Hogi Bartini – You say Goodbye, and I say Hello.

Unfortunately, I have to confess that since moving here, I have barely learned anything in the local languages. The challenge in India is that, unlike in many other countries where you only hear one, or maybe two languages on a daily basis, in India you hear several: Hindi, Kannada, Tamil, Bengali, Urdu, Malayalam, Telugu, and more. While the local language of the state of Karnataka is Kannada, Bangalore has people from all over the country, who all speak the languages of their home states.  I try to convince myself that these days I can actually tell Kannada apart from the others – but I’m probably definitely just fooling myself. I also can’t read local scripts, which makes it even harder to try to learn how to read signs, menus and other “easy” materials in local languages.

However, I have learned a few very basic things about local languages, and actually more about local communication. Language barrier is one thing, but there can also be something that I’d call a “communication barrier” or “culture barrier”, which may or may not have anything to do with actual language.

For example, in India, people never say “no”. To anything. Apparently, saying “no” is considered rude and harsh, so Indians try to avoid saying it. Trying to not be rude and harsh is of course a nice thing, but never saying “no” can lead to some a lot of miscommunication between foreigners and locals. Let’s say you ask your Indian colleague whether they can finish something by the end of the week, and their response is a firm “Yes, I believe it is possible, I will try my best” – while what they are actually thinking is “Absolutely not, there is no way, totally impossible”. You might ask your landlord whether he could kindly send someone over latest by tomorrow to fix the toilet that hasn’t been working for days, and the landlord will say “Of course madam, I will send someone tomorrow! No problem!”, when what he means is “I can’t get you someone by tomorrow even if I stand on my head, but I will get someone to fix it by end of next week”. You can see how this can sometimes cause foreigners to believe that they have been mislead, or that things don’t get done on time or efficiently – but I don’t think that misleading is really the purpose. It’s a cultural communication thing, and it isn’t meant to deceive you, or mislead you, or fool you – Indians just don’t like to say no. Even when they should.

Anyone who has ever been in India also knows that the local and famous head bob as a response to a question or inquiry can also be very vague, has multiple meanings and is open to interpretation. Bobbing your head as a response to a question or request can mean anything from “yes” or “no” to “what you are asking might be possible but I am not quite sure and I really won’t be able to tell until I try but I might not try until next week even though you asked me to work on this today but I am smiling and bobbing my head to make you feel at ease and to be polite, so the response to your question really is – No.”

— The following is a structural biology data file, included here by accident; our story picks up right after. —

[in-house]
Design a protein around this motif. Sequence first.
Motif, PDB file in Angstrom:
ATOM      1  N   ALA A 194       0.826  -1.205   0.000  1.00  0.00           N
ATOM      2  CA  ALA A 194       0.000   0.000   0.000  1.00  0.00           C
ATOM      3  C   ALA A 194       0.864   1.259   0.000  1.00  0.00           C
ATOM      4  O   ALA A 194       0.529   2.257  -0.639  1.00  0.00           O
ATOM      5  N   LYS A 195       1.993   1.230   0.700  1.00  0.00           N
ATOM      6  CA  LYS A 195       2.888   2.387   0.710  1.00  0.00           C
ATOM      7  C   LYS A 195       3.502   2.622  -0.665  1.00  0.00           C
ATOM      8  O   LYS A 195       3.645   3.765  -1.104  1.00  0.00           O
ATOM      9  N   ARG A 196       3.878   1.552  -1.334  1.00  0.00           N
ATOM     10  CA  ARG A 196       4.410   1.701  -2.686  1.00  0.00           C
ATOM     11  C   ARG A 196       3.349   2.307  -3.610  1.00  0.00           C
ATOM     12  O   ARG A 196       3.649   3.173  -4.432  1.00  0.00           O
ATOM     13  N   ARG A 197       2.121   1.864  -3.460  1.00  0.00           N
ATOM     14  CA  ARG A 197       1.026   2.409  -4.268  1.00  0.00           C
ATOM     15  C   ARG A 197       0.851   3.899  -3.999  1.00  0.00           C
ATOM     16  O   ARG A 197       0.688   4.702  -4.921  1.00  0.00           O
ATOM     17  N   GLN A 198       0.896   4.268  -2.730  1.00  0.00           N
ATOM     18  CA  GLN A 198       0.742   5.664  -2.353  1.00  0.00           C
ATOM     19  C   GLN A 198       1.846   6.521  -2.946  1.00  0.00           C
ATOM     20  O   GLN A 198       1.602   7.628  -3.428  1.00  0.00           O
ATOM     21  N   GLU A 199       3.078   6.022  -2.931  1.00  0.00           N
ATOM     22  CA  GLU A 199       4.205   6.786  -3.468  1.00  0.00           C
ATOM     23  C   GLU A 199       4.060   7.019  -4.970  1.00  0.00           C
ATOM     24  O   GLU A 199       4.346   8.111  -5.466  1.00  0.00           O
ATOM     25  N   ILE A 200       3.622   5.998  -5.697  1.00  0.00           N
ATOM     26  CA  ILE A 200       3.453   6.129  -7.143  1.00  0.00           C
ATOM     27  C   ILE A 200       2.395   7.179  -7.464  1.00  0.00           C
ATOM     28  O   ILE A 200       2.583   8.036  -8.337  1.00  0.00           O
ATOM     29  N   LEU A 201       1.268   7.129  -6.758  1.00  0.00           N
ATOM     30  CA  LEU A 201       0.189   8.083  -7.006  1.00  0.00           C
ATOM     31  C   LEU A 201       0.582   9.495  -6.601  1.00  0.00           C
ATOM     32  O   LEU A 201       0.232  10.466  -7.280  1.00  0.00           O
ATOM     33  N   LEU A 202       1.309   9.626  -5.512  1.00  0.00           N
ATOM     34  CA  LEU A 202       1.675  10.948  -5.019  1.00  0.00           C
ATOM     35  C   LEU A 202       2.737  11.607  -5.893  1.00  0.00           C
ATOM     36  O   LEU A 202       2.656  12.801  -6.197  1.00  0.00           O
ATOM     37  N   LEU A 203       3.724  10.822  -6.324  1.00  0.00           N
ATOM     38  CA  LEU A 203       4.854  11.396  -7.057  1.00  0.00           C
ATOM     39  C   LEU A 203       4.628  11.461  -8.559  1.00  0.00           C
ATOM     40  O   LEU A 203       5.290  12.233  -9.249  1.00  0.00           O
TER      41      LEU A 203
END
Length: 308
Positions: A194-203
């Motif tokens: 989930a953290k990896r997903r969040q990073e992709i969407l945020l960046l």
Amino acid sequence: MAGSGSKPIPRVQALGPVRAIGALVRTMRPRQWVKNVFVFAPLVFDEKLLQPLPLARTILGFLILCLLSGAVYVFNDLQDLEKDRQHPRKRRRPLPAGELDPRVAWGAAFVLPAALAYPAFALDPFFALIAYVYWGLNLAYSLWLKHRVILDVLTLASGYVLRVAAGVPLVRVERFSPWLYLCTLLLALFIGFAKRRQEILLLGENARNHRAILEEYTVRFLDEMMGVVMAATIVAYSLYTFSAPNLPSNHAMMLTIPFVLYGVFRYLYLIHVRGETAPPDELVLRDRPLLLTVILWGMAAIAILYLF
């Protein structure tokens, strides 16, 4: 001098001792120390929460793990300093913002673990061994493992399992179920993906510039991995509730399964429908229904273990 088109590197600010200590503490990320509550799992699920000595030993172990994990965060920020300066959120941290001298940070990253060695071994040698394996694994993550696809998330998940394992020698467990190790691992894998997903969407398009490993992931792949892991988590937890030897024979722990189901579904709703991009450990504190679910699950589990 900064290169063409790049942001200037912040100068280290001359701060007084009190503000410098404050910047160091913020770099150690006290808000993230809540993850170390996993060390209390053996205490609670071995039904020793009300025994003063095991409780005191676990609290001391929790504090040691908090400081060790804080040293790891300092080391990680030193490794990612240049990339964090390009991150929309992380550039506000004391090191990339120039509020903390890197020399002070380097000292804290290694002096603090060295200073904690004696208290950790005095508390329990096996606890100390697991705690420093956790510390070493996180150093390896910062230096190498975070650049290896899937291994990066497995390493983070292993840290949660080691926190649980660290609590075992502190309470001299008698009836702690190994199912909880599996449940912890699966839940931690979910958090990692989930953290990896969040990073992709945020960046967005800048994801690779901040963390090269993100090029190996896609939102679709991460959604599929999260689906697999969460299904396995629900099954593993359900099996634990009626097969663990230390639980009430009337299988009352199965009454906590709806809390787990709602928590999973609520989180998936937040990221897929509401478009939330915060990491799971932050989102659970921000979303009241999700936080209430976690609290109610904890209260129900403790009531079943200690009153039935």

So, these are more communication barriers than language barriers, and I find myself running into such problems challenges every day – but I’m slowly learning. Finns are infamous known for being extremely direct and straight forward, to the point of rudeness , so this is a steep learning curve for me!

One of the few phrases and language characteristics I have learned though, is the concept of “going and coming”. Indians will say “OK I come”, when they are heading out the door – or they might say “I go and come”. I recently learned that in Kannada, the local phrase you use when leaving is “Hogi bartini” – which literally means “I go and come”. In Hindi, people say “Baad me milan hain”, which means “we shall meet again”. Leaving permanently or saying farewell permanently is considered inauspicious and bad luck, so Indians never really leave – they always leave with the intention of returning. I find this somehow.. poetic. We never really leave for good – and when we do leave, we always plan to eventually come back. I like that idea – probably because I have left way too many times in my life. It somehow makes leaving easier, when in stead of saying “goodbye”, you say: “I am going now – but I will come back”.

Hogi bartini, Goa - I go and I come!

Hogi bartini, Goa – I go and I come!

On another note, I am also convinced that “Hello Goodbye” by Beatles was inspired by Indian communication quirks – I mean, come on:

You say “Yes”, I say “No”.
(I say “Yes”, but I may mean “No”).
You say “Stop”, I say “Go, go, go”.
(I can stay still it’s time to go)

You say Goodbye, and I say Hello.

It doesn’t get any more Indian than that!

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This entry was posted in Culture shock, Expat Life, Foreignness, India, Travel and tagged , , , , , , , , , , , , , , , . Bookmark the permalink.

2 Responses to Hogi Bartini – You say Goodbye, and I say Hello.

  1. Writing it is says:

    So lovely. Made me smile, miss you all at once. 🙂

    P.s It is to say, “Till we meet again!” 🙂

  2. Madhumitha says:

    Discovered this while blog-hopping. As a Bangalorean studying in Europe (The Netherlands) now, this post made me smile 🙂

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